Furthermore, during its review, eight UN Member States recommended that Oman review or amend its Penal Code. On its part, the United Kingdom recommended that Oman “guarantee[s] the right to freedom of expression by amending the Penal code and other laws such as the Press and Publications law.” The Penal Code, as amended in 2018, includes overly broad provisions that severely restrict Omani citizens’ right to free expression, since it criminalises criticism of the Sultan or any foreign head of state in, or visiting, Oman. It additionally criminalises the broadcasting, publication or possession of information considered to be “harmful to the state”. Article 115 further imposes a prison sentence of maximum three years for anyone who publishes information that is “liable to harm the prestige of the state,” while article 12 of the Press and Publications Law mandates that before publishing any publication, owners of printing presses “shall obtain permission in advance from the Ministry of Information.”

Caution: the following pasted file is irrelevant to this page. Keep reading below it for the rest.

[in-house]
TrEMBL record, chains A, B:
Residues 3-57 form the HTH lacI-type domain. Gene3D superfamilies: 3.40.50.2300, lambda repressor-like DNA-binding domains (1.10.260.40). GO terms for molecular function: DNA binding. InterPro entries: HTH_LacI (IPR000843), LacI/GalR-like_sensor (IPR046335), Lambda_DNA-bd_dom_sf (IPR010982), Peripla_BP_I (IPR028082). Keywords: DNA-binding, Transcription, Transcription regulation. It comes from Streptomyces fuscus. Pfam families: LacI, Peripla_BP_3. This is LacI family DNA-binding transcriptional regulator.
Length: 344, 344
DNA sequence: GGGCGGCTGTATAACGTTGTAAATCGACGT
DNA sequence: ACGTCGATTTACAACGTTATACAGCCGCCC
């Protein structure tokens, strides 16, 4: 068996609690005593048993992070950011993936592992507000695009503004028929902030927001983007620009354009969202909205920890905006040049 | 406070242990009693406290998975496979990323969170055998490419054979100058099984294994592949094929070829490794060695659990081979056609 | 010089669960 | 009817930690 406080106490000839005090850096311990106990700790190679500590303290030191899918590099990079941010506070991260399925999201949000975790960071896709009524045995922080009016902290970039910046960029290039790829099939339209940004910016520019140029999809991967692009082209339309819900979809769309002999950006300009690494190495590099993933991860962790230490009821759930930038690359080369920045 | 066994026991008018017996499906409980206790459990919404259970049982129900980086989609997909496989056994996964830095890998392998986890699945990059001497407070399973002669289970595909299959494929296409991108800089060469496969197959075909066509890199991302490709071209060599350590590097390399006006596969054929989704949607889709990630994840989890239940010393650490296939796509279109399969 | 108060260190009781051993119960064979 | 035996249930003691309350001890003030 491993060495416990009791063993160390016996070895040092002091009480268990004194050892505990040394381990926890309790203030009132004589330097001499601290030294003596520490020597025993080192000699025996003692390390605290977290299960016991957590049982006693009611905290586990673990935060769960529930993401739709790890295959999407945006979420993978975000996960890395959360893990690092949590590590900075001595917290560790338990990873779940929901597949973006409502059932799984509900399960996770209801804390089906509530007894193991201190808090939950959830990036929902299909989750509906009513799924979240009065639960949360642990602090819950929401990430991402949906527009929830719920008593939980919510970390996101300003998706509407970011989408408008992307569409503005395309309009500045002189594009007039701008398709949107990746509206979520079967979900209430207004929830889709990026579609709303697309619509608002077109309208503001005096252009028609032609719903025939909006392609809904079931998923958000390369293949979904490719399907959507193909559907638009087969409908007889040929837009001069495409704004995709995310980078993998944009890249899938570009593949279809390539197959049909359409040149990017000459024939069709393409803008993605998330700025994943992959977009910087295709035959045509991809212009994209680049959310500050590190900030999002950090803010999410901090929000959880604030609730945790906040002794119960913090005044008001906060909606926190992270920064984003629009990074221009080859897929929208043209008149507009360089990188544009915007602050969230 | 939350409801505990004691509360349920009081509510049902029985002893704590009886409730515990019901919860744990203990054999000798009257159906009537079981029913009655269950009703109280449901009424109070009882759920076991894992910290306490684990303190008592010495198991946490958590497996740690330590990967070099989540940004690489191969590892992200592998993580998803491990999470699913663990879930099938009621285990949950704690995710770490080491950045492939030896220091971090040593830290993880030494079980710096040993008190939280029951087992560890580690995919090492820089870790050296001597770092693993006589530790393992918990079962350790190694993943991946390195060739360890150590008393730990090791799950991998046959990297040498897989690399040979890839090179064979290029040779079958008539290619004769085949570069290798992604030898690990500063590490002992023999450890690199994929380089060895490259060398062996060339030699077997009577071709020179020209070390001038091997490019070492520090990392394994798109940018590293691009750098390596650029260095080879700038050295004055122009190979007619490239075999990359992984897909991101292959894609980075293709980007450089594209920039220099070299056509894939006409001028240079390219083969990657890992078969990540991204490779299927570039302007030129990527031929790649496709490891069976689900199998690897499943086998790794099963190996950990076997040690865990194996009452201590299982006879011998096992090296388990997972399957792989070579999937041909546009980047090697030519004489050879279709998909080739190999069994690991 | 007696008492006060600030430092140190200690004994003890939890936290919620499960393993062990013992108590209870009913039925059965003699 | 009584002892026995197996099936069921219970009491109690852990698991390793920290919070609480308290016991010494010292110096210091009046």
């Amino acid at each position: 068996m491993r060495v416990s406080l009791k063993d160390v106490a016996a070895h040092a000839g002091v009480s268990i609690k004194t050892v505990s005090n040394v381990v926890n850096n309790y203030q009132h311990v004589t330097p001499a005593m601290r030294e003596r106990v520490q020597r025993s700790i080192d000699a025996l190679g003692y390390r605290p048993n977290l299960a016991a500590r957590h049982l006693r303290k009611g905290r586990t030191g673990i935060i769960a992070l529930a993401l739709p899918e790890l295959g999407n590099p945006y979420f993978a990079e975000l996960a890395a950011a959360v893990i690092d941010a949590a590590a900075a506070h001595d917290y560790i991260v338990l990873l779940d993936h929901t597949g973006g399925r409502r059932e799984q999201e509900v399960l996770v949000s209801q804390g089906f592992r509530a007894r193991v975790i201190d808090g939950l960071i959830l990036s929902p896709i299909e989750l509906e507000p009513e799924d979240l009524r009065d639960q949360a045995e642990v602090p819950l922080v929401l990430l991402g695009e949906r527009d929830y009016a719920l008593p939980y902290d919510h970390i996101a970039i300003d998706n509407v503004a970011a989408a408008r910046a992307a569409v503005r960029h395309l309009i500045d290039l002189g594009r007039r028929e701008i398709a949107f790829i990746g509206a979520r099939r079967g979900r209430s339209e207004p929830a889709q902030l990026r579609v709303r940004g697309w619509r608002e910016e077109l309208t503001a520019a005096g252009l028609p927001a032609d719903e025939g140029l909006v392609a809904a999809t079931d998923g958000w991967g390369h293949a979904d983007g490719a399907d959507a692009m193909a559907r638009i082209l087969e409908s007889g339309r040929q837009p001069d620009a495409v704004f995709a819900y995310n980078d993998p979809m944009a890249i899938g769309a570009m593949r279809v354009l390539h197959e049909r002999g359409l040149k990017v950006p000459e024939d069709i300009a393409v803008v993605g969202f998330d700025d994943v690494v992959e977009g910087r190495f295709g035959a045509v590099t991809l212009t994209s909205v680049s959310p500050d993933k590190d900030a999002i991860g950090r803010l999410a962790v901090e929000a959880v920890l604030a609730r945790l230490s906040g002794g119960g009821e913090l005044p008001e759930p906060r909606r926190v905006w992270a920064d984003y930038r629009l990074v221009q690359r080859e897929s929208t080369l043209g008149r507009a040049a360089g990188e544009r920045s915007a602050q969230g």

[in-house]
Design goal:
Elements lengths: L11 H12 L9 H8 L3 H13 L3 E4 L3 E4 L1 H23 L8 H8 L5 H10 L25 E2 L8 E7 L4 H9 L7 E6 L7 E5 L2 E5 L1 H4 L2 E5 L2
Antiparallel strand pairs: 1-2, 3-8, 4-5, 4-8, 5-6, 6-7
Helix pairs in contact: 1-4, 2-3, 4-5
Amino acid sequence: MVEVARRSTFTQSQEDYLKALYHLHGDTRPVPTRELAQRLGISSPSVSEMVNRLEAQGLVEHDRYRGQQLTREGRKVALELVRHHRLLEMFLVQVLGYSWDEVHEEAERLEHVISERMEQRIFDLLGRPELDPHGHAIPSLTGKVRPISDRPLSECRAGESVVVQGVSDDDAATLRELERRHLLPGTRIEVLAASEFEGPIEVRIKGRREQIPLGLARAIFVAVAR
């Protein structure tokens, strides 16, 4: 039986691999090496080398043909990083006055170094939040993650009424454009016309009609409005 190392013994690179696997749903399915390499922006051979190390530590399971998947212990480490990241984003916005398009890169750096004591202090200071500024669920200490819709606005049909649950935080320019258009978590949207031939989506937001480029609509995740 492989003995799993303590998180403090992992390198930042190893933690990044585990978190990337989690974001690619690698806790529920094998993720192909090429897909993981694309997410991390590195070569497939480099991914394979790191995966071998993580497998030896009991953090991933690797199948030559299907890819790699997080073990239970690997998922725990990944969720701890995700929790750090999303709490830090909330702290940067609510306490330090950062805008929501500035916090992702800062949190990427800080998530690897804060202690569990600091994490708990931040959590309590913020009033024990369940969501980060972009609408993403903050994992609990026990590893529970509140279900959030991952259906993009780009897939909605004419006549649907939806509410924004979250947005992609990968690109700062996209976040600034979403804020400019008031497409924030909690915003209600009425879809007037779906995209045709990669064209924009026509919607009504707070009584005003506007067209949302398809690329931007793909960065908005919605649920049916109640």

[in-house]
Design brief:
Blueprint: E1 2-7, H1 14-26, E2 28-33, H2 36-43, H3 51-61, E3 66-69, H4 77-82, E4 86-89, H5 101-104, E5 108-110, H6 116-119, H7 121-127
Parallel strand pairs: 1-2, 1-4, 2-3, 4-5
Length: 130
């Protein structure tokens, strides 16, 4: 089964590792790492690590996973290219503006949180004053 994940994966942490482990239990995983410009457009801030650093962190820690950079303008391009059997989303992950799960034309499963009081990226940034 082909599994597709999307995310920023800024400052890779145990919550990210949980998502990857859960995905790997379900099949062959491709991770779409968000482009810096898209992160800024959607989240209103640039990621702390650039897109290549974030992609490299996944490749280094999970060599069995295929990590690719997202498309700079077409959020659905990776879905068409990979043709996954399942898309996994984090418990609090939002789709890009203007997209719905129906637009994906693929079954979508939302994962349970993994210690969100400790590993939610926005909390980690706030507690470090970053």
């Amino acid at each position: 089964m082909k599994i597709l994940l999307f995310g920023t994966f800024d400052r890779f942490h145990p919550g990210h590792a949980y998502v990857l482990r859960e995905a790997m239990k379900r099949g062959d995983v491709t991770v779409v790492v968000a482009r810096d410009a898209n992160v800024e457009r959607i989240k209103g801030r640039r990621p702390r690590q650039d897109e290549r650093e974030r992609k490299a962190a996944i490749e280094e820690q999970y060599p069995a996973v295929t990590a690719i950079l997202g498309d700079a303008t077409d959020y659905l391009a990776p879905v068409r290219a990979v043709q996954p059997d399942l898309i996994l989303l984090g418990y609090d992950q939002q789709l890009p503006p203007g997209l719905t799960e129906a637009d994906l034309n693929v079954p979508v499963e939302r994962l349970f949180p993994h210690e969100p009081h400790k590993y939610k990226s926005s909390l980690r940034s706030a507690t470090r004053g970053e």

Freedom of peaceful assembly and association

During its 2021 UPR, a total of 14 recommendations were made to the Omani authorities regarding the protection of the right to freedom of peaceful assembly and association. Already in 2014, after visiting Oman, the former UN Special Rapporteur on the right to peaceful assembly and association had found “a pervasive culture of silence and fear affecting anyone who wants to speak and work for reforms in Oman.”